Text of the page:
By William Hallowell | Editor
Starmer must choose woke or workers’ politics.
Two ideologically opposed factions reside within Labour – and the public won’t side with Starmer if he won’t pick a side himself.
Jeremy Corbyn’s 2019 election defeat, and Keir Starmer’s subsequent leadership election win, was meant to bring stability to left-wing politics. It was meant to heal the divide and unify party members and politicians over the embarrassing defeat to Boris Johnson’s Conservative Party. Suffice to say, Starmer hasn’t achieved anything close to party unity since stepping up as Labour leader.
Having always been seen as a more left of centre – or ‘soft left’ – approach towards Westminster politics, Corbyn’s allies on the hard-left were always going to struggle with Labour’s leadership under Starmer. He was always going to be unchangeably unpopular, because he isn’t ‘socialist’. Following Labour’s catastrophic losses in the May local elections and in the Hartlepool by-election which was won over to the Tories, there have been growing calls for Starmer to resign. There have also been rumoured leadership challenges from other popular (among members) MPs like Ian Lavery, race-baiting Dawn Butler and even Keir’s second-in-command, Angela Rayner.
After the disappointing results of the local elections, some MPs came out and said there was a ‘lack of vision’ for the Labour Party. This is absolutely true. Starmer may have a few populist policies – such as a pay-rise for NHS staff – but what he lacks almost entirely is an ideology, which is where the driving force for a ‘vision’ of a Britain under his leadership would look like. To compare, Boris Johnson was given an unprecedented mandate in 2019 for his promise to carry out the will of the 2016 referendum: to Take Back Control – a Brexit Britain under the leadership of Boris. Brexit was Boris’ ideology, his focus, the forefront of his general election campaign.
It is clear that he won this election for his stance on the referendum. It must be acknowledged that this promise was arguably a leading – or indeed, the only – factor for his overwhelming victory. To compare, in the lead up to December 2019, Corbyn was still choosing whether to back Leave or Remain. This was almost undoubtedly the reason for his loss – that, and his opponent’s early declared support for withdrawing from the EU. The public wanted to leave the European Union and Johnson promised he would deliver an exit strategy. Corbyn, on the other hand, pledged another EU referendum, and then if the result was the same as in 2016, deliver a another follow-up referendum on the deal he would negotiate with the EU. Simply, Johnson received an overwhelming victory for pledging an – albeit populist – ideology to the British people.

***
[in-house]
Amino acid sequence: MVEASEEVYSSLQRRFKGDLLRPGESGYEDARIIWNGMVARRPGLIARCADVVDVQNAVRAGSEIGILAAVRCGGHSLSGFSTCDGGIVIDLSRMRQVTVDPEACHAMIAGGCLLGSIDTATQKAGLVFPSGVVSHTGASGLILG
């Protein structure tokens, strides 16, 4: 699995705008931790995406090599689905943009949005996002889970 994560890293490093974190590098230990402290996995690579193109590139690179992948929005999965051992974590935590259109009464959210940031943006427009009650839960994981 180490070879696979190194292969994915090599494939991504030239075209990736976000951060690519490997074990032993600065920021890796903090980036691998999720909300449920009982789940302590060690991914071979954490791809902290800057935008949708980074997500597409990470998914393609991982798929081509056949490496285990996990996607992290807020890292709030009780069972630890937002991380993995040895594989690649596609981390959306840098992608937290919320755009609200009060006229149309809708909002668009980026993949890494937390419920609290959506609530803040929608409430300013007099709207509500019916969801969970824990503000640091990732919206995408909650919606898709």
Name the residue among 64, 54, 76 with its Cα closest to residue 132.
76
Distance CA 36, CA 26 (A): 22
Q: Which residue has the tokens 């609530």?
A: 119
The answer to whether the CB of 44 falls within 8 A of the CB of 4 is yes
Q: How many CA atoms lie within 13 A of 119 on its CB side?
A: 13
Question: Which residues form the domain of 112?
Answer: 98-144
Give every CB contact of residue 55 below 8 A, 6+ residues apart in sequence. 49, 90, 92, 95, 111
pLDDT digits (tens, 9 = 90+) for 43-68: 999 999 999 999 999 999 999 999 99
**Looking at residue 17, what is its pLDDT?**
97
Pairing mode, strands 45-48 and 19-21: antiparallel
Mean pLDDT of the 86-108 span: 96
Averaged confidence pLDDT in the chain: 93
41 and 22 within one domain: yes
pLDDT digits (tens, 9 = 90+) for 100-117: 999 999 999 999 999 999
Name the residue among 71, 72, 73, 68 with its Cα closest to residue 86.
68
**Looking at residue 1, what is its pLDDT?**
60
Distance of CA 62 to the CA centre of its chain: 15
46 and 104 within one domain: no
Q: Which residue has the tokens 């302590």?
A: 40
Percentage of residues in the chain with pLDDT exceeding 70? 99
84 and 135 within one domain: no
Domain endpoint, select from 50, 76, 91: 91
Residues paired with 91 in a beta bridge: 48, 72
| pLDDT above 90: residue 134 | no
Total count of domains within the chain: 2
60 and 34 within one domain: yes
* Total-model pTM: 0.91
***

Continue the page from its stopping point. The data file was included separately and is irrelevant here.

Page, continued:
Now, it seems that little has changed for either the Conservatives or the Labour Party. Yes, whilst it is true that Johnson receives some opposition to Covid measures from ‘rebel’ backbenchers, it has hardly caused any significant instability within his government. In contrast, Labour is still as divided as it was under Corbyn, and perhaps even more so. Two main, and completely opposed, factions seem to dominate the left – and in trying to appease both, Starmer has displeased everyone. Firstly, are the traditional, northern blue-collar communities – the miners and such. They are not necessarily traditional or conservative in their social views, but certainly value patriotism and representation of the working man’s interests. These are probably the most significant priorities for this first faction of the Labour Party. Secondly, are the predominantly middle-class, ‘woke’ bourgeois socialists: the pampered and patronising university student stereotypes who – ironically – talk down to the working-class patriots, and out of the kindness of their self-important hearts, inform them on why being pro-Brexit is racist, and why being anti-BLM is an avid display of white supremacy. As expected, this group of self-awarded scholars at the University of Life prioritise enforcing the ‘right’ pronouns with which to address people, and threat of using the ‘transphobic’ ad hominem (which only really matters to Twitter users and Guardian readers); apparently this is what twenty-first century ‘socialism’ looks like.
Both the northern workers and the self-indulgent champagne socialists are so clearly ideologically opposed. Their priorities differ greatly, and with one talking down to, and displaying contempt for, the other, they will clearly never see eye-to-eye. One side values patriotism and fair representation of the workers; the other shames the former for ‘flag-shagging’ – because the Union Flag is also racist (apparently). One side takes issue with an intentionally racially-dividing political movement propagating a radical, far-left ideology; the other shames the former as ‘racist’ for not submitting to an agenda which is hell-bent on ‘abolition’ of fundamental state institutions in the prevention and punishment of crime. Yet, Keir Starmer ‘took the knee’ in support for this inherently anti-British movement, and then back-tracked and declared that the party will begin to embrace patriotism, pride in the Union Flag and for our military veterans, when it upset the other side. Therefore, it is truly hard to see an argument for any sort of unification of the party. If anything, Labour could possibly be even more divided under Starmer now than it was when he was elected leader.
If you stand in the middle of the road for too long, you’ll be hit by both sides of traffic. Starmer must choose woke or workers’ politics, otherwise the prospect of winning a general election seems incredibly unlikely.
Image credit: UK Parliament